Staatskapelle Berlin 2018 – Britten’s War Requiem: Goerne, Bostridge, Nechaeva & Pappano Join Forces For Enriching Performance

By Lois Silverstein

Britten’s War Requiem was written between 1961-1962, ostensibly in response to WW I, in the aftermath of WW II, the Korean War, the Vietnam War, and all the many others. 

On June 25, 2018, at the Philharmonie, the Staatskapelle Berlin, conducted by Sir Anthony Pappano and accompanied by stellar opera singers and choruses, sang out against all war, then and now. While it stirred us to the tips of our toes, no one who left the concert hall for one second believed it would ever stop. As the British poet and soldier Wilfred Owen wrote before he was killed in 1918, “All the poet can do today is warn.”

The concert, at the very least, raised a forceful red alert.

Sir Anthony Pappano is Music Director of the Royal Opera House, London. He is used to conducting at multiple levels – ideas, expressions, performers, instruments and voices, solo and choral; his skills and passion served him well in the Requiem, an anthem of such multilayering. Britten’s work blended the Latin text from “Missa pro defuntis” and the poetry of Wilfred Owen (1893-1918), with the exquisite and moving voices of tenor Ian Bostridge, baritone Matthias Goerne, and soprano Anna Nechaeva, plus an extraordinary cosmos of orchestral instrumentation and choral sumptuousness of the Chorus of the Staatsoper, Berlin, and the Boys Kinderchoir. It required masterful oversight, accurate timing, dialed-in dynamics, a careful cross-blend of words and notes, power and penetration. Pappano managed it all. Toward the end, as if pulling up out of a bloody battlefield, he literally jumped forward on the podium and on both feet! Even so there was no escape.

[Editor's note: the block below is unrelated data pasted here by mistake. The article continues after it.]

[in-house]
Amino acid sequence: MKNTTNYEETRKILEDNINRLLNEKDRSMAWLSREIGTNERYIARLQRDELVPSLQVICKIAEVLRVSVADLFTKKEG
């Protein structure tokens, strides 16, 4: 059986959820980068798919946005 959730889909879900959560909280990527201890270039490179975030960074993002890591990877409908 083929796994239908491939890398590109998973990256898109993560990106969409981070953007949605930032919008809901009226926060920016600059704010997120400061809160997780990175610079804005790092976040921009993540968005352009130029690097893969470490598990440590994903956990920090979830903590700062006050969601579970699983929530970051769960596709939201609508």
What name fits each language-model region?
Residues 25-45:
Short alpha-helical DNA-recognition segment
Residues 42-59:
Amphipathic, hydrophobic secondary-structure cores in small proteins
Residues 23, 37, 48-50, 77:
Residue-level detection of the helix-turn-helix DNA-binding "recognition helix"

Plowing Through the Requiem

The Requiem followed the six section structure: I. Requiem Eternam; II. Dies Irae; III. Offertorium; IV. Sanctus; V. Agnus Dei; VI.Libera me.

Each section incorporated Wilfred Owen’s brutally honest texts with rhythmically compelling, frequently syncopated music, which drove those words even further. Bells, drums, various other percussive instrumentation, harp, exceptional brass, and woodwinds resonated as we moved painstakingly through the lyrical and narrative expressions.

Bostridge introduced the through-line of the “story” with the scathing text: “What passing-bells for these who die as cattle? / Only the monstrous anger of the guns.” His unique and nearly other-worldly voice sent us into the thicket of the battlefield. Instantly, we became outraged. In a matter of minutes, he gave voice to mutilation and fragility. “The shrill, demented choirs of wailing shells…” and “What candles may be held to speed them all?” The bassoon punctuated these lines, then the Chorus with the “Kyrie Eleison,” with irony, bells resounding at the same time.

The “Dies Irae” entered with trumpet, trombone, tuba, and the heart beat of the drums and more percussion. Like Verdi’s own Requiem, Britten kept that beat going, alongside stabbing staccatos and scales of flutes. It was mortality in parallel.